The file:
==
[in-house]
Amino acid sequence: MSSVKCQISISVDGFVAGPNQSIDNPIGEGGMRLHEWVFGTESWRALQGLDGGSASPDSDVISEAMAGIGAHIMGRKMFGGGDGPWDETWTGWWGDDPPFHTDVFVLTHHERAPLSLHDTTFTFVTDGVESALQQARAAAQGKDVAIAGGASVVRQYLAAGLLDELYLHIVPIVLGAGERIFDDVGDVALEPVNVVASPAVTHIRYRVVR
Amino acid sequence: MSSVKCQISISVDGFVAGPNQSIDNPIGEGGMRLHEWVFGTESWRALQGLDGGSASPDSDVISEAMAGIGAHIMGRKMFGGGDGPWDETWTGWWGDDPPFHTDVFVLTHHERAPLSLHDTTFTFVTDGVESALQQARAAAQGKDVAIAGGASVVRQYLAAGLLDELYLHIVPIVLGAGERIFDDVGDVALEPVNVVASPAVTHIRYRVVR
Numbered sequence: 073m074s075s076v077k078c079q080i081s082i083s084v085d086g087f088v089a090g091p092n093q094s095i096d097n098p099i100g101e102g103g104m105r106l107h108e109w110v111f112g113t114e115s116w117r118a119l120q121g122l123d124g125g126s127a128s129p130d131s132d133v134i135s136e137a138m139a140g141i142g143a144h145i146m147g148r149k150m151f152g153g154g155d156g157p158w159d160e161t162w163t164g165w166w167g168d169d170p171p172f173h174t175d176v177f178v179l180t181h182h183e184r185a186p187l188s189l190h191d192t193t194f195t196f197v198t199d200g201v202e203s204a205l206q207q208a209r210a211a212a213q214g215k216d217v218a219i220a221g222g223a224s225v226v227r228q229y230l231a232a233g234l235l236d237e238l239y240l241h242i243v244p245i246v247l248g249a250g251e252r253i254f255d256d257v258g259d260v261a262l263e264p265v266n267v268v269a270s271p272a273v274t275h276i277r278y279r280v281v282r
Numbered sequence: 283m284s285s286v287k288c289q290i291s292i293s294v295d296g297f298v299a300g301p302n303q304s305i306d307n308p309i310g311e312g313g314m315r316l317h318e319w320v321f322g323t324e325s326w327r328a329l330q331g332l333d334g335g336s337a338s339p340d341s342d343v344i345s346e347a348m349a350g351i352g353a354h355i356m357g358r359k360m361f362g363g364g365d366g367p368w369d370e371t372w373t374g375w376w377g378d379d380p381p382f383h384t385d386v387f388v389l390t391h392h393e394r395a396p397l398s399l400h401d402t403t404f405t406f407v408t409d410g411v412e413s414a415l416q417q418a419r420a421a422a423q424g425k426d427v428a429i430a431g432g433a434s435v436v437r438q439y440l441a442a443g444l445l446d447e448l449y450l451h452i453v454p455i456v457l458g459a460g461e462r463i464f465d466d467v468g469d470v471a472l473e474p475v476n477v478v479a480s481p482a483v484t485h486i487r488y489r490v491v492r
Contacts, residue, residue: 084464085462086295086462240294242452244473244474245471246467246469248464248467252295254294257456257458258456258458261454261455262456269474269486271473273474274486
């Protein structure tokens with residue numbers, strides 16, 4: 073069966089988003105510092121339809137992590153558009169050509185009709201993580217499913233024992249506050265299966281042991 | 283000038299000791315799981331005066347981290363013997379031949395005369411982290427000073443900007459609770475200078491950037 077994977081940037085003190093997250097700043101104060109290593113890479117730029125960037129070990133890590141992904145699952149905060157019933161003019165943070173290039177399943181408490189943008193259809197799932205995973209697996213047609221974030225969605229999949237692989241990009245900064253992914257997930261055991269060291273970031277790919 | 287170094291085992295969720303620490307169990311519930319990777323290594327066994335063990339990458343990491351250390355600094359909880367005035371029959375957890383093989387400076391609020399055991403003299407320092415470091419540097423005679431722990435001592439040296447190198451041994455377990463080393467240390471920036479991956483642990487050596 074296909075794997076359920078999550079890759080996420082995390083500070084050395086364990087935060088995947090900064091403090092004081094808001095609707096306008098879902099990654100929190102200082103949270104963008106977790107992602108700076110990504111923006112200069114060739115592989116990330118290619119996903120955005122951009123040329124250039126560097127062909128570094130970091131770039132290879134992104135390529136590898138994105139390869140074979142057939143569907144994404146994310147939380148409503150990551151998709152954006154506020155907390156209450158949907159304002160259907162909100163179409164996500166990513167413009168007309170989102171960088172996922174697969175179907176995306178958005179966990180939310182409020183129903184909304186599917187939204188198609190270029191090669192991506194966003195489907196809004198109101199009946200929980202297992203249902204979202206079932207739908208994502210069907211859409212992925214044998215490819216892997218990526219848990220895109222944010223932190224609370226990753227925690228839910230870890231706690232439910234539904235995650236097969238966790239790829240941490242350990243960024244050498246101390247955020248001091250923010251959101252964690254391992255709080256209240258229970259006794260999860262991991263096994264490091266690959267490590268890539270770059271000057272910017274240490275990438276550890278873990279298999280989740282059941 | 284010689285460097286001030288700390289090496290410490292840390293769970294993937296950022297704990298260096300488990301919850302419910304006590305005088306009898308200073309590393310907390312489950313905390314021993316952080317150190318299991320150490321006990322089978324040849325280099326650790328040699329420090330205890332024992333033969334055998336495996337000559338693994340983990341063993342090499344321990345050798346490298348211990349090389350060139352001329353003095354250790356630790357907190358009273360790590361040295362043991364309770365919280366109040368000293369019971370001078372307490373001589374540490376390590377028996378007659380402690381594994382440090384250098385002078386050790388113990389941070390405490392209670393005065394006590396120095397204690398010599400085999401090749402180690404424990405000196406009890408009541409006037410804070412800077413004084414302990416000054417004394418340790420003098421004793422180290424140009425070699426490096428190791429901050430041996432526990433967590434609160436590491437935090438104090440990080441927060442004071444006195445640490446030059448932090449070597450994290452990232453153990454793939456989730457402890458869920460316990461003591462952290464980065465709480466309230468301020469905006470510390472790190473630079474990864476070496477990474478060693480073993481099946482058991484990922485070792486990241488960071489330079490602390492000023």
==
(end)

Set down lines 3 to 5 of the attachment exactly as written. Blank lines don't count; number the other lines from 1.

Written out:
Amino acid sequence: MSSVKCQISISVDGFVAGPNQSIDNPIGEGGMRLHEWVFGTESWRALQGLDGGSASPDSDVISEAMAGIGAHIMGRKMFGGGDGPWDETWTGWWGDDPPFHTDVFVLTHHERAPLSLHDTTFTFVTDGVESALQQARAAAQGKDVAIAGGASVVRQYLAAGLLDELYLHIVPIVLGAGERIFDDVGDVALEPVNVVASPAVTHIRYRVVR
Numbered sequence: 073m074s075s076v077k078c079q080i081s082i083s084v085d086g087f088v089a090g091p092n093q094s095i096d097n098p099i100g101e102g103g104m105r106l107h108e109w110v111f112g113t114e115s116w117r118a119l120q121g122l123d124g125g126s127a128s129p130d131s132d133v134i135s136e137a138m139a140g141i142g143a144h145i146m147g148r149k150m151f152g153g154g155d156g157p158w159d160e161t162w163t164g165w166w167g168d169d170p171p172f173h174t175d176v177f178v179l180t181h182h183e184r185a186p187l188s189l190h191d192t193t194f195t196f197v198t199d200g201v202e203s204a205l206q207q208a209r210a211a212a213q214g215k216d217v218a219i220a221g222g223a224s225v226v227r228q229y230l231a232a233g234l235l236d237e238l239y240l241h242i243v244p245i246v247l248g249a250g251e252r253i254f255d256d257v258g259d260v261a262l263e264p265v266n267v268v269a270s271p272a273v274t275h276i277r278y279r280v281v282r
Numbered sequence: 283m284s285s286v287k288c289q290i291s292i293s294v295d296g297f298v299a300g301p302n303q304s305i306d307n308p309i310g311e312g313g314m315r316l317h318e319w320v321f322g323t324e325s326w327r328a329l330q331g332l333d334g335g336s337a338s339p340d341s342d343v344i345s346e347a348m349a350g351i352g353a354h355i356m357g358r359k360m361f362g363g364g365d366g367p368w369d370e371t372w373t374g375w376w377g378d379d380p381p382f383h384t385d386v387f388v389l390t391h392h393e394r395a396p397l398s399l400h401d402t403t404f405t406f407v408t409d410g411v412e413s414a415l416q417q418a419r420a421a422a423q424g425k426d427v428a429i430a431g432g433a434s435v436v437r438q439y440l441a442a443g444l445l446d447e448l449y450l451h452i453v454p455i456v457l458g459a460g461e462r463i464f465d466d467v468g469d470v471a472l473e474p475v476n477v478v479a480s481p482a483v484t485h486i487r488y489r490v491v492r